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Jeff Hamilton: Sound Painter

By Published: May 9, 2006
AAJ: It's a reproach to other people, to see somebody like that...

JH: ...and it's a curse to have it. So everybody I was seeking out had that same drive. Like John Clayton: I saw him conduct his life in the way that he wanted it to go. He made it quite simple: who do you want to play with? And I told him. And he said 'OK, then you will.'

You're going to piss some people off because they don't really get you. And I don't go out of my way to do it; I think I'm nice with people, I'm patient with people for the most part. I do what I do, and I've spent my whole life trying to do what I do as well as I can do it. From the time I was 8—I'm 52—so that's a lot of years to be honing your craft, and being so clear-cut on what it is you want to do for a living...

Back to the big band thing—I didn't answer that. John and I had talked about doing that in college. He was planning it as early as late college, early Monty Alexander days. When we did our first gig in '85 at the Hyatt on Sunset, it wasn't like OK, we've reached the dream, it was, 'we can't live off of this, but let's do it as much as we can.'

You used the term 'amazing.' The only thing amazing about it today is to realize that we've been doing this for 20 years, and just now people are starting to sit up and take notice of who we are. That's the amazing part.

We're contented that it's gone this long, that we're playing this well, and there are still people who want to be in the band that we adore, and they're family. This is what it oughtta be.

AAJ: So, where do you go from here?

JH: Keep doing what I'm doing: play great music with people I love to play with. Ten years ago, who would've thought I'd be playing with Tamir Hendelman and Christophe Luty?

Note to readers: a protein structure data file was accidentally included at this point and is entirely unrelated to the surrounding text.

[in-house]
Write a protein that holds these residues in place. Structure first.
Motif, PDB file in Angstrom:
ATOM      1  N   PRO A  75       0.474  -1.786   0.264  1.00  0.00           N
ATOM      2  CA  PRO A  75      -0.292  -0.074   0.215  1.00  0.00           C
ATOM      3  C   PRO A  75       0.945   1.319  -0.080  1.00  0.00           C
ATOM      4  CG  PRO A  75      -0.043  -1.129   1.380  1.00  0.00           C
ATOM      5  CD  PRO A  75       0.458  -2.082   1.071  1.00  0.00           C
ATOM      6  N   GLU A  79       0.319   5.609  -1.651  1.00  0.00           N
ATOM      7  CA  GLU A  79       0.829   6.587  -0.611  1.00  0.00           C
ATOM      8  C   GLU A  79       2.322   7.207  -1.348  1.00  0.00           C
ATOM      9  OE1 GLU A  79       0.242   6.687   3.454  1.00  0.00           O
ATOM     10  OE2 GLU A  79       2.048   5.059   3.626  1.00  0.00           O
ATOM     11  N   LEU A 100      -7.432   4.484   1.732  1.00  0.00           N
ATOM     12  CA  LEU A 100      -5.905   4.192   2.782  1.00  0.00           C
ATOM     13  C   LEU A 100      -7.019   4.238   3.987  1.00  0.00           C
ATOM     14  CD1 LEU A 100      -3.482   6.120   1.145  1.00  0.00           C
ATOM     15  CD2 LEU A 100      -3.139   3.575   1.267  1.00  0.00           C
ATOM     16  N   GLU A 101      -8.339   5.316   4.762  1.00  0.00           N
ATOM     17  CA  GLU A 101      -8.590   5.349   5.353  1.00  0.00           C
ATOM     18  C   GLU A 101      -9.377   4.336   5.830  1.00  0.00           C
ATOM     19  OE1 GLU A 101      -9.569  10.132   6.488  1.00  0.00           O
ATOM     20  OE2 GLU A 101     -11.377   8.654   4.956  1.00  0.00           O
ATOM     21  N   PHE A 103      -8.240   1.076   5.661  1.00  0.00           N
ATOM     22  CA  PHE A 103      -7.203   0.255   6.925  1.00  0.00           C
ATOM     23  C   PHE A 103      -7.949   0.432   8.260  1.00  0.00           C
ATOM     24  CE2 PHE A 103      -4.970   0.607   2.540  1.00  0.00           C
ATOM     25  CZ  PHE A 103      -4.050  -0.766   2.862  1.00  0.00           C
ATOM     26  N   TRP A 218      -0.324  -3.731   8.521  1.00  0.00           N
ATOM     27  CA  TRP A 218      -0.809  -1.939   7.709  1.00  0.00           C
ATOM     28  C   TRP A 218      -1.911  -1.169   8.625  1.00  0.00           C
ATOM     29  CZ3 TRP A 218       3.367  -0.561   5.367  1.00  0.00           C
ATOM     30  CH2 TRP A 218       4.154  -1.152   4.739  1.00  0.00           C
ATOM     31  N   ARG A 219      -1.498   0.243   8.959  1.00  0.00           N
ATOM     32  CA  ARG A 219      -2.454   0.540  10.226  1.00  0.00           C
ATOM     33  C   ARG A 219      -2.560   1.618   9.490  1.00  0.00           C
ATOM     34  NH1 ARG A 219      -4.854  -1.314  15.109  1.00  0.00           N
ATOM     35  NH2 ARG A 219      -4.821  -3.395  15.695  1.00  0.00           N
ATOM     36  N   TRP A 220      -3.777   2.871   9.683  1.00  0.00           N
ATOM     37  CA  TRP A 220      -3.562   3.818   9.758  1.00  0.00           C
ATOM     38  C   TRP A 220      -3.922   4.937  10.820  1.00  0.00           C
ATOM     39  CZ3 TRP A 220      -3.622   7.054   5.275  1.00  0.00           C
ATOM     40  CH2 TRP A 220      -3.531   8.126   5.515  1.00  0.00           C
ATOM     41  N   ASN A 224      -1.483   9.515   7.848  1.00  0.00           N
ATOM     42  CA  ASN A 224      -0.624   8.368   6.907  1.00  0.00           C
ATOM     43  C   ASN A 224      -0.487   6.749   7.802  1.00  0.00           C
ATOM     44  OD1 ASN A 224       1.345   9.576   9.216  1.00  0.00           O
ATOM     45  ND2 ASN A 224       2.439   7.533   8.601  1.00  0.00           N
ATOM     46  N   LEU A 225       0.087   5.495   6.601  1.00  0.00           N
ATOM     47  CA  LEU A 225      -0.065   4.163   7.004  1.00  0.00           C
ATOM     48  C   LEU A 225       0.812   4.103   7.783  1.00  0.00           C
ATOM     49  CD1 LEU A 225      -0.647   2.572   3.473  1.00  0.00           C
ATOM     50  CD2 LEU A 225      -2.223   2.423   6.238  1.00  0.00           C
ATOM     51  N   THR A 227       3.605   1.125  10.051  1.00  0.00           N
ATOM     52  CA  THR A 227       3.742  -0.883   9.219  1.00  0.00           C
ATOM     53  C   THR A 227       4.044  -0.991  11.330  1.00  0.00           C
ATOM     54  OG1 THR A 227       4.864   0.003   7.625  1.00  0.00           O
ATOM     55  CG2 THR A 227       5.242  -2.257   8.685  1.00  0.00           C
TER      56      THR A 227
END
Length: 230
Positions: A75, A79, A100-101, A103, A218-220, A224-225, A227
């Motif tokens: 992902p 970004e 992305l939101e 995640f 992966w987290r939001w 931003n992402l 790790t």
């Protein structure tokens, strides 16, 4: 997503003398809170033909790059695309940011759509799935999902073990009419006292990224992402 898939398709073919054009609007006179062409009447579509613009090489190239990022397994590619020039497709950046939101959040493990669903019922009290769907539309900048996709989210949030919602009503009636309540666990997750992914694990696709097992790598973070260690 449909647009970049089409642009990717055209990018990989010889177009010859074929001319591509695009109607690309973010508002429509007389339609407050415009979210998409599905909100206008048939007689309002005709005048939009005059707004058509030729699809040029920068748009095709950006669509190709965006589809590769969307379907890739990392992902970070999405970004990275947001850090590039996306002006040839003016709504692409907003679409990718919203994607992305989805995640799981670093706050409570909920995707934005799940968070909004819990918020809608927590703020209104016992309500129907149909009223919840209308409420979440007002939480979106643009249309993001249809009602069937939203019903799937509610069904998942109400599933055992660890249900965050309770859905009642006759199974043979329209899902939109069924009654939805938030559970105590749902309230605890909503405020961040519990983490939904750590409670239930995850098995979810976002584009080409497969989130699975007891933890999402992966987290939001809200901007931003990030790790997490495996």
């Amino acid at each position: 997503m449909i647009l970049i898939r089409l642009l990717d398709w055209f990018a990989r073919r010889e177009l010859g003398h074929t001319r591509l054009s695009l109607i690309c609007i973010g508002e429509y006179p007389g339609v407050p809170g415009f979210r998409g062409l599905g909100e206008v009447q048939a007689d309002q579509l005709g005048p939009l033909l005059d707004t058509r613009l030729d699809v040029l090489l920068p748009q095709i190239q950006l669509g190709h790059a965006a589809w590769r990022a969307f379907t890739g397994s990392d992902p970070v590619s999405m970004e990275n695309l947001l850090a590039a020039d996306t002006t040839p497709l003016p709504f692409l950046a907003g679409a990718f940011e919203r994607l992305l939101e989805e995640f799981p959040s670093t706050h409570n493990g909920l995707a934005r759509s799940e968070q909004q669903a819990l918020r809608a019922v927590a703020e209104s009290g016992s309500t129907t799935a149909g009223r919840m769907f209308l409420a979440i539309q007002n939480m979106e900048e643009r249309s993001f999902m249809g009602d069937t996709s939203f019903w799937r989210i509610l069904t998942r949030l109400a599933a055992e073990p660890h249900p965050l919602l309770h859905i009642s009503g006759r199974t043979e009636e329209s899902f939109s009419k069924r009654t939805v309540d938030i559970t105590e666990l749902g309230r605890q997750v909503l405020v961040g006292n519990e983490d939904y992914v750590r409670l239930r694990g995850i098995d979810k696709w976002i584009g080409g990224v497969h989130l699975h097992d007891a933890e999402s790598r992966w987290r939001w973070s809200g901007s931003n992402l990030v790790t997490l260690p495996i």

AAJ: What else do you do besides music?

JH: Collect wine. Study wine. I work with a personal trainer twice a week, try to stay healthy. I just started playing tennis again, reasonably, instead of diving for balls. I love great meals, and great bottles of wine with the meals. I'm co-owner of the Bosphorus Cymbal Company. I'm a consultant with Remo Drum Company. I book my own trio, and try to keep my head above water. I try to walk every day, except on this thing [the ship].

AAJ: Is there anything you want to expound on, anything you'd like to see changed?

JH: I think our youth generally are not as hungry as we were to get this information, because everything's handed to them. We have so much available now. Before, to see Jo Jones, there was one 33 that you could spin, and you'd have to put the needle in the same spot to hear what he was doing every time, to transcribe it. Now you just slip on the DVD and you see exactly what he's doing. And I think because everything has become so easy, people don't really cherish everything they're getting.

If you hear Jo Jones play a lick on a record, you're imagining what he's doing. It's like listening to baseball on the radio. I played what I thought he was doing. When I finally saw him play it, he did it another way, so now I had two ways to play it.

And nobody wants to sound like anybody else right now. Well, how else do you get your sound? You study the ones you're crazy about. As Jeff Clayton says in clinics all the time, people are arguing with [having to do] transcriptions because they don't want to sound like anybody else. But as Jeff says, it's better to sound like somebody than nobody.

AAJ: Amen to that. Well, I think we got it.

JH: Good. I need a nap.

Selected Discography

Jeff Hamilton Trio, From Studio 4, Cologne, Germany (Azica Records, 2006)
Dianne Reeves, Good Night, and Good Luck (Original Soundtrack) (Concord, 2005)
Clayton-Hamilton Jazz Orchestra, Live at MCG (MCG Jazz, 2005)
Jeff Hamilton Trio, The Best Things Happen (Azica Records, 2004)
Diana Krall, Live in Paris (Verve, 2002)
Clayton Brothers Quintet, Siblingity (Qwest, 2000)
Jeff Hamilton Trio, Hamilton House: Live at Steamers (Mons, 1999)
Ray Brown Trio, Don't Get Sassy (Telarc, 1994)
Benny Carter, Elegy in Blue (Musicmasters, 1994)
George Shearing/Ernestine Anderson, A Perfect Match (Concord, 1988)
Woody Herman and the Thundering Herd, Chick, Donald, Walter and Woodrow: Woody Herman and the Thundering Herd play Chick Corea and Steely Dan (Century, 1978)
Monty Alexander, Live! Montreux Alexander (MPS, 1977)

Photo Credits:
Top Photo: Bill King
All Others: Dr. Judith Schlesinger

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